The methodical practice ofPatience as a perpetualPatient of unpaved pathsOnly (maybe) psuedo-exploredOff the main bodies of rare diseaseIs a skill I've sought elsewhereIn much pleasurable ways. Though I suppose it's throughThorns, muck, and solitudeThat patience gains a differentPersona; a parental, oldWise one in the woods withStrength not in spite of butBecause of broken branches.
Once again, rain is in the forecast for days and it reminded me of my ill-preparedness around this time last year. This time, I'll bring towels. In other words, I think I understand what I'm dealing with now. It's still cold and dreary but with the right tools, it might just be manageable. Of course, as I do, I'm writing in metaphor (for fun? out of habit? emotional inability to be fully transparent? Hesitancy of sharing too much on a public platform? I dunno) But I share and say to the extent in which I'm comfortable because chronic illness, rare disease, navigating the medical system as a woman who is also medicated for anxiety and OCD and being dismissed over and over and over and OVER again as "this is just your anxiety/stress/emotions" I so desperately want you -- you who might be struggling with some similar circumstance -- to know that someone out here gets it. And if you're desperately searching for answers and truths about yourself and why things might be happening the way they are, please don't stop. Don't give up. Take breaks and breathers when you need, but then keep exploring. If the road is blocked, find another path. Look for helpers along the way. And always, always, bring your towels when it's pouring. That original post here I love you. Jess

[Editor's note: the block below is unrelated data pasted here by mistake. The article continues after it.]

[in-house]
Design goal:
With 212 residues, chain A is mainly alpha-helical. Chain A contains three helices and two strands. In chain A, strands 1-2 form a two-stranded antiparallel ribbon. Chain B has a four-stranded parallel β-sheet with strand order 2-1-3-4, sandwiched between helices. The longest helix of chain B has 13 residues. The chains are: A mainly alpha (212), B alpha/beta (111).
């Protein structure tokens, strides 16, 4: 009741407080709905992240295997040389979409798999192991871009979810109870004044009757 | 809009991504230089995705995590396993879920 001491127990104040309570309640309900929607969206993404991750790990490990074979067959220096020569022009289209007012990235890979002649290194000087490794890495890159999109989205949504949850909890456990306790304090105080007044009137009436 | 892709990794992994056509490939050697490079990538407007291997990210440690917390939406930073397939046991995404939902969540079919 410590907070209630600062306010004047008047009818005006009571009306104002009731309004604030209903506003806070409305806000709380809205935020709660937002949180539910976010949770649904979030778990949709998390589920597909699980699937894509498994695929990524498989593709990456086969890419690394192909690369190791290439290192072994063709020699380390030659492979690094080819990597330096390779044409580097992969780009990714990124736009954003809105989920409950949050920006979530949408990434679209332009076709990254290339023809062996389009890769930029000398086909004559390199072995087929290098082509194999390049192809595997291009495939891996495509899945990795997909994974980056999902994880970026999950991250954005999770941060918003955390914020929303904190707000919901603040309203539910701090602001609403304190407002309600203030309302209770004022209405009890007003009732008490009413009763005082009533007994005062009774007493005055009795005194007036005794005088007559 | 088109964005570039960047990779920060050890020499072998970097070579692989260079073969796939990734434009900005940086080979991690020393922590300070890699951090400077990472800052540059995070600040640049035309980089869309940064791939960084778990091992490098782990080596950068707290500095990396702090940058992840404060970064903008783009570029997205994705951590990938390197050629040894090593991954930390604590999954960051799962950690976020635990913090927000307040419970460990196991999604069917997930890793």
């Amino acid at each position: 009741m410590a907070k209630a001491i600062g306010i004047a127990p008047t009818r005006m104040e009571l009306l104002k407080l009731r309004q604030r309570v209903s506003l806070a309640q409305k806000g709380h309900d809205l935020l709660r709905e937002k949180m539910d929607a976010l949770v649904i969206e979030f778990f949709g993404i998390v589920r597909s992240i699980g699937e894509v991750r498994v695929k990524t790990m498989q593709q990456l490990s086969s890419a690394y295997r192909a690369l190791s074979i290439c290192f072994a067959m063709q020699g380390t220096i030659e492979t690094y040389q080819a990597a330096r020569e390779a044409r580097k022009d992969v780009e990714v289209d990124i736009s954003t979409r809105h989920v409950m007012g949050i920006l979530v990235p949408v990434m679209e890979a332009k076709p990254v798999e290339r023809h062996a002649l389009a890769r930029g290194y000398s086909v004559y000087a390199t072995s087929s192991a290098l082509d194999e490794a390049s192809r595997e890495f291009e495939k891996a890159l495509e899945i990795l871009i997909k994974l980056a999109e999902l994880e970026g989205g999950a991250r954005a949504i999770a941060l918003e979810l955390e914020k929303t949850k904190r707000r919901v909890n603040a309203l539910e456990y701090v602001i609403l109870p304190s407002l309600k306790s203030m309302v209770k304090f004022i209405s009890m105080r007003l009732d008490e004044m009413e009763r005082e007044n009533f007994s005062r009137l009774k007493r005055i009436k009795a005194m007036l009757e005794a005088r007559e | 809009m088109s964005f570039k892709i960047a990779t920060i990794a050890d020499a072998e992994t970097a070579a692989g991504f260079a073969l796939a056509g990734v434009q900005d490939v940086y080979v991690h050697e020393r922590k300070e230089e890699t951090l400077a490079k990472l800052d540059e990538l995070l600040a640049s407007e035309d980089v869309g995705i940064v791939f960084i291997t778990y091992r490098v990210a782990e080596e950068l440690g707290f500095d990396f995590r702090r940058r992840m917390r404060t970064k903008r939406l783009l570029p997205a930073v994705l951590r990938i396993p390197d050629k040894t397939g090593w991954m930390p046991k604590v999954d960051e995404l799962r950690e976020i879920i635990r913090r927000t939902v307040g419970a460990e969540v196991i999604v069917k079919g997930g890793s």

For the third day in a row, it’s pouring. My grumpy donkeys huddle together in the barn as the rain batters the tin roof so loud that it rattles my bones—it must be deafening to their large ears. After piling their feeders with extra hay in lieu of typical grazing time, I pull the hood of my rain coat over my head and slide the barn door shut behind me. Like a million pellet guns, the drops strike my whole body.
The ducks scatter around the yard, rain wicking from their slick feathers. Like children in a ball pit, they bounce and play gleefully in the growing muddy puddles. The chickens on the other hand, band together in one of their coop’s nesting boxes even grumpier than the donkeys—wide, feathery, pissed off floofs. I make sure they’ve got dry food, then check to make sure none of my little infant…
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“Enough pails of water—a river.”-Ancient Proverb Because it’s been ages, I ventured beyond the borders of my own few-mile space in an effort to reconnect with something resembling a world bigger than my own. I stayed outside 1) because COVID cases are surging and 2) because we have a rare blip of goldilocks perfection on... Continue Reading →
It’s pouring, I tell y’all. Pouring! A tempest. A typhoon. A piney-woods tidal wave with impressive lightning bolts and thunder which both crashes and growls. Something’s angered the gods and boy howdy they’re letting us know. The ducks are loving it but the donkeys, not so much. I’ve microwaved a cup of coffee from yesterday’s... Continue Reading →
It’s a typical late-Texas summer on an early, weekday afternoon where leaves hang completely still from the treetops. The chickens have dug small holes outside of their coop in which to rest (the dirt beneath the surface being much cooler than anywhere else they may find) while the ducks drift gently in their pond with... Continue Reading →